High abundance of algae and eutrophication were observed in mangrove wetlands and these were estimated to be associated with root exudates of some specific mangrove plants to a certain extent. Root exudates form allelopathic effects from mangroves. The main secondary metabolites of Aegiceras corniculatum had been detected to be organic phenolic acids. Gallic acid had been isolated and identified from A. corniculatum. The half-maximal inhibitory concentration of gallic acid on alge Cyclotella caspia was tested as 15.46 mg/L. The effects on algal cell morphology were mainly shown as elongated cells, with no apparent cell inclusions, such as oil droplets, chloroplast. At a dose of 2 mg/L, gallic acid had a stimulative effect on the specific growth rate of algae on day 3. The contents of malondialdehyde, superoxide dismutase, soluble carbohydrates and chlorophyll a in algal cells showed an overall "low promotion and high suppression". Our results could provide preliminary and valuable reference on the complex influences of mangroves on microecology and microbial communities in the rhizosphere system. PMID:23923787

  5. Two shikimate dehydrogenases, VvSDH3 and VvSDH4, are involved in gallic acid biosynthesis in grapevine

    PubMed Central

    Bontpart, Thibaut; Marlin, Thérèse; Vialet, Sandrine; Guiraud, Jean-Luc; Pinasseau, Lucie; Meudec, Emmanuelle; Sommerer, Nicolas; Cheynier, Véronique; Terrier, Nancy

    2016-01-01

    In plants, the shikimate pathway provides aromatic amino acids that are used to generate numerous secondary metabolites, including phenolic compounds. In this pathway, shikimate dehydrogenases (SDH) ‘classically’ catalyse the reversible dehydrogenation of 3-dehydroshikimate to shikimate. The capacity of SDH to produce gallic acid from shikimate pathway metabolites has not been studied in depth. In grapevine berries, gallic acid mainly accumulates as galloylated flavan-3-ols. The four grapevine SDH proteins have been produced in Escherichia coli. In vitro, VvSDH1 exhibited the highest ‘classical’ SDH activity. Two genes, VvSDH3 and VvSDH4, mainly expressed in immature berry tissues in which galloylated flavan-3-ols are accumulated, encoded enzymes with lower ‘classical’ activity but were able to produce gallic acid in vitro. The over-expression of VvSDH3 in hairy-roots increased the content of aromatic amino acids and hydroxycinnamates, but had little or no effect on molecules more distant from the shikimate pathway (stilbenoids and flavan-3-ols). In parallel, the contents of gallic acid, β-glucogallin, and galloylated flavan-3-ols were increased, attesting to the influence of this gene on gallic acid metabolism. Phylogenetic analysis from dicotyledon SDHs opens the way for the examination of genes from other plants which accumulate gallic acid-based metabolites. PMID:27241494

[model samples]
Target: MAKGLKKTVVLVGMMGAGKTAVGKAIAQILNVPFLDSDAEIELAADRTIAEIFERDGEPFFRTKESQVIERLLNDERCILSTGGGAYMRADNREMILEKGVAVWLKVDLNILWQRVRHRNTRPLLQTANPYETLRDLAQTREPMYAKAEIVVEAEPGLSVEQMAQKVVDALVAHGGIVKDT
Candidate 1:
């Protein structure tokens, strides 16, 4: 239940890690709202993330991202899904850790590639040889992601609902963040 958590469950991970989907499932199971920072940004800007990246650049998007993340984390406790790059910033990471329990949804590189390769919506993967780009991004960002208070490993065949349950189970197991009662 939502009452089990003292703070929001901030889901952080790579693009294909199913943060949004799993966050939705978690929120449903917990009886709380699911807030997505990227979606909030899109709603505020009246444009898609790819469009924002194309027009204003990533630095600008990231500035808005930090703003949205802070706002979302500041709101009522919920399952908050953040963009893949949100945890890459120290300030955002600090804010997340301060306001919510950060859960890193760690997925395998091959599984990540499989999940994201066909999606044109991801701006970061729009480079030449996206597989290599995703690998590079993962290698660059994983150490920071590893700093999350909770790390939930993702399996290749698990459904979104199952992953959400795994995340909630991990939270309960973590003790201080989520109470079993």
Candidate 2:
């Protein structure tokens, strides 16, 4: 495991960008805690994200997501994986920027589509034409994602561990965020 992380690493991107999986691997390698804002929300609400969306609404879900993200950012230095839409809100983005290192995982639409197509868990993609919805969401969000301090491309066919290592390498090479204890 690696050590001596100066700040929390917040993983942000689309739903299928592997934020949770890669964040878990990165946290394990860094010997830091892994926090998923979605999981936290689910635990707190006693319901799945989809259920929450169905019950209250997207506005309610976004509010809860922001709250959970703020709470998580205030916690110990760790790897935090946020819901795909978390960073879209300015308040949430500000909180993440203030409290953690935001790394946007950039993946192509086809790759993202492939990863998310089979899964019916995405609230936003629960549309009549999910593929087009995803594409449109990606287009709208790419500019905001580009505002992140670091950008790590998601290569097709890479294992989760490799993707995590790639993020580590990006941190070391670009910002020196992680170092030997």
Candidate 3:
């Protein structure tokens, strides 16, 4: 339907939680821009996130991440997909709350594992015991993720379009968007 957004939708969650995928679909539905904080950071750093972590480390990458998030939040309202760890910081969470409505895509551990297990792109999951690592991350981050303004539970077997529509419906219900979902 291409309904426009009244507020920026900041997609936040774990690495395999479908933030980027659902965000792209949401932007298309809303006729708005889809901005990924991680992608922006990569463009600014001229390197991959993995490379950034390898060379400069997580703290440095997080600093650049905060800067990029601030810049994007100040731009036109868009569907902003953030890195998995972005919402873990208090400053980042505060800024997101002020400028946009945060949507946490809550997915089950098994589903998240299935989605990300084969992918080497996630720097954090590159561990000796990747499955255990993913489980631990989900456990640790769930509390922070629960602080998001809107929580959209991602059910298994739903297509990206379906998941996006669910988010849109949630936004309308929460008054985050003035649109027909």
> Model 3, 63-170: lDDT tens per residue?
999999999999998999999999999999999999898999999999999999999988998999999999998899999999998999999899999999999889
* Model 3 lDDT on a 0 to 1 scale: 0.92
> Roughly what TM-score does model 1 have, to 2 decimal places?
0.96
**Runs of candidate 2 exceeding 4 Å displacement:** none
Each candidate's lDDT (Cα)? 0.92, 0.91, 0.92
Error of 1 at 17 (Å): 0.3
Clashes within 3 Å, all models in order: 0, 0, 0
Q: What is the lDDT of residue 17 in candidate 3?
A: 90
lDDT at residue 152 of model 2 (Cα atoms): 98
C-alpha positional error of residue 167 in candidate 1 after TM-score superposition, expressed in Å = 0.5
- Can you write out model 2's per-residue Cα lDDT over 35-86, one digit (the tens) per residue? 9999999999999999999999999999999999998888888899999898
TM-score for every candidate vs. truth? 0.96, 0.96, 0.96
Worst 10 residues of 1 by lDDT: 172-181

6. Two shikimate dehydrogenases, VvSDH3 and VvSDH4, are involved in gallic acid biosynthesis in grapevine.

    PubMed

    Bontpart, Thibaut; Marlin, Thérèse; Vialet, Sandrine; Guiraud, Jean-Luc; Pinasseau, Lucie; Meudec, Emmanuelle; Sommerer, Nicolas; Cheynier, Véronique; Terrier, Nancy

    2016-05-01

    In plants, the shikimate pathway provides aromatic amino acids that are used to generate numerous secondary metabolites, including phenolic compounds. In this pathway, shikimate dehydrogenases (SDH) 'classically' catalyse the reversible dehydrogenation of 3-dehydroshikimate to shikimate. The capacity of SDH to produce gallic acid from shikimate pathway metabolites has not been studied in depth. In grapevine berries, gallic acid mainly accumulates as galloylated flavan-3-ols. The four grapevine SDH proteins have been produced in Escherichia coli In vitro, VvSDH1 exhibited the highest 'classical' SDH activity. Two genes, VvSDH3 and VvSDH4, mainly expressed in immature berry tissues in which galloylated flavan-3-ols are accumulated, encoded enzymes with lower 'classical' activity but were able to produce gallic acid in vitro The over-expression of VvSDH3 in hairy-roots increased the content of aromatic amino acids and hydroxycinnamates, but had little or no effect on molecules more distant from the shikimate pathway (stilbenoids and flavan-3-ols). In parallel, the contents of gallic acid, β-glucogallin, and galloylated flavan-3-ols were increased, attesting to the influence of this gene on gallic acid metabolism. Phylogenetic analysis from dicotyledon SDHs opens the way for the examination of genes from other plants which accumulate gallic acid-based metabolites. PMID:27241494